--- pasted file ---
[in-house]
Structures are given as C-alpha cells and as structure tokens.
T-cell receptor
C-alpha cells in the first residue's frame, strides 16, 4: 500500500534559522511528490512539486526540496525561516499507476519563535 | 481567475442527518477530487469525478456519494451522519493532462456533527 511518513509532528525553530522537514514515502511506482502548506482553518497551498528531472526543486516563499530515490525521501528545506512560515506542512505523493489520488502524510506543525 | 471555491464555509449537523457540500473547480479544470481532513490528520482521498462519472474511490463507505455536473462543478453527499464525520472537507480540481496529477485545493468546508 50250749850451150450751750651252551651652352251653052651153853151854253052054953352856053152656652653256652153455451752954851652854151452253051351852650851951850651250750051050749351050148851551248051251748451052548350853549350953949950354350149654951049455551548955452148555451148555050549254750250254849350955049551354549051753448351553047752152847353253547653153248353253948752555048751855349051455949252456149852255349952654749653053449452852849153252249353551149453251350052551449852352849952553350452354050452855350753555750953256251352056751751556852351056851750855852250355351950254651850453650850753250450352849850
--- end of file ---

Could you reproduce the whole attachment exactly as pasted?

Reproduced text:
[in-house]
Structures are given as C-alpha cells and as structure tokens.
T-cell receptor
C-alpha cells in the first residue's frame, strides 16, 4: 500500500534559522511528490512539486526540496525561516499507476519563535 | 481567475442527518477530487469525478456519494451522519493532462456533527 511518513509532528525553530522537514514515502511506482502548506482553518497551498528531472526543486516563499530515490525521501528545506512560515506542512505523493489520488502524510506543525 | 471555491464555509449537523457540500473547480479544470481532513490528520482521498462519472474511490463507505455536473462543478453527499464525520472537507480540481496529477485545493468546508 50250749850451150450751750651252551651652352251653052651153853151854253052054953352856053152656652653256652153455451752954851652854151452253051351852650851951850651250750051050749351050148851551248051251748451052548350853549350953949950354350149654951049455551548955452148555451148555050549254750250254849350955049551354549051753448351553047752152847353253547653153248353253948752555048751855349051455949252456149852255349952654749653053449452852849153252249353551149453251350052551449852352849952553350452354050452855350753555750953256251352056751751556852351056851750855852250355351950254651850453650850753250450352849850